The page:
Federal health officials have determined that water contamination at Marine Corps Base Camp Lejeune exceeded safe levels as far back as August 1953, four years earlier than previous findings.
The federal Agency for Toxic Substances and Disease Registry also found that water had been contaminated at two additional water distribution systems on the base.
“This a big deal,” said Jerry Ensminger, a retired Marine master sergeant who was stationed at Lejeune and whose daughter died of a rare form of leukemia in 1985 at age 9. “You’re talking tens of thousands of more people being exposed.”
Confirming the presence of human carcinogens on the base as far back as 1953 will expand the eligibility of veterans and family members who can receive health benefits under the Honoring America’s Veterans and Caring for Camp Lejeune Families Act of 2012, said Sen. Richard Burr, R-N.C., who introduced the legislation.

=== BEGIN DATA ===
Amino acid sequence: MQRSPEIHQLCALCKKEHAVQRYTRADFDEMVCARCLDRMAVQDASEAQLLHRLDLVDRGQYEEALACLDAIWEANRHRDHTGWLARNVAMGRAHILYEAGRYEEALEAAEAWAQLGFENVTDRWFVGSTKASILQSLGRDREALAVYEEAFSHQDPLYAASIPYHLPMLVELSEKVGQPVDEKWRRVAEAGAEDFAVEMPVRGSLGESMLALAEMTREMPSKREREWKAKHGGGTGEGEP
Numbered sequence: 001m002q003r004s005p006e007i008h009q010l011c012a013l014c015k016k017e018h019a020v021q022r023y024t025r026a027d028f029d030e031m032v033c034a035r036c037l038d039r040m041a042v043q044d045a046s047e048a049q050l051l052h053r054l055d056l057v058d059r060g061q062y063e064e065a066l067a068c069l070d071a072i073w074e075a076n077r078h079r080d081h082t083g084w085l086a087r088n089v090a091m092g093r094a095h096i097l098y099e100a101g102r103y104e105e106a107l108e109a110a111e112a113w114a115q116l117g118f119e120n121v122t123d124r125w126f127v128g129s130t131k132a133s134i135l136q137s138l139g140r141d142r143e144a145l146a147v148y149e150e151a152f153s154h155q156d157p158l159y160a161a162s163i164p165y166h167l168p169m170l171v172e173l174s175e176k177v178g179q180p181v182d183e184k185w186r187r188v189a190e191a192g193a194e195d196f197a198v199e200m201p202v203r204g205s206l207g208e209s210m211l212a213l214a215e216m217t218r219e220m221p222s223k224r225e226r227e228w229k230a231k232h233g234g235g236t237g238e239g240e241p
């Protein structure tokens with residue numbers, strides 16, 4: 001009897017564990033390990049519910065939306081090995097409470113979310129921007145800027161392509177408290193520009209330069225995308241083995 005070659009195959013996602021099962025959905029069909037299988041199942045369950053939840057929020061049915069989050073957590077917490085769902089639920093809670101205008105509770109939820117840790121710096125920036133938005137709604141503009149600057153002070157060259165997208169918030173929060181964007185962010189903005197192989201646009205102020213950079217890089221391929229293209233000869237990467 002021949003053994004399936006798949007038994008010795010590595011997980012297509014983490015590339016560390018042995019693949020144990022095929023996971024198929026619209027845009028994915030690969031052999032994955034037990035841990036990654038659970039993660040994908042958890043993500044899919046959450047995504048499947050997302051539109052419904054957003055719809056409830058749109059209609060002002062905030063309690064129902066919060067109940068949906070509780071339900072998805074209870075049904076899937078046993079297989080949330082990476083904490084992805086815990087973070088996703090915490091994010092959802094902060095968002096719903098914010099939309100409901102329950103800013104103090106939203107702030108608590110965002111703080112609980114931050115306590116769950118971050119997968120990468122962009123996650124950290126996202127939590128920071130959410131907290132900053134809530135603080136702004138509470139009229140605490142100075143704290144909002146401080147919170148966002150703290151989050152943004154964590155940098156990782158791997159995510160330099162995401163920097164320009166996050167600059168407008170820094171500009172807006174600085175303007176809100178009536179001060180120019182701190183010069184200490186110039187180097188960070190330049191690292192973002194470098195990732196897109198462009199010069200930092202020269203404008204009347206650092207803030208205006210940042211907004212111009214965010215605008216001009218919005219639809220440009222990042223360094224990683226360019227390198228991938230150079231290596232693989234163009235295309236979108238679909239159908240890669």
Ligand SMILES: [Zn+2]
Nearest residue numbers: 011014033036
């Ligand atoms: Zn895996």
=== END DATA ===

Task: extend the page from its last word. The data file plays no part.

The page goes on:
“There are veterans out there, some of them in dire straits, who have been waiting a long time for these findings,” Burr said in a statement. “Until now, (U.S. Department of Veterans Affairs) has been unable to help them.... we owe them the care they need without delay.”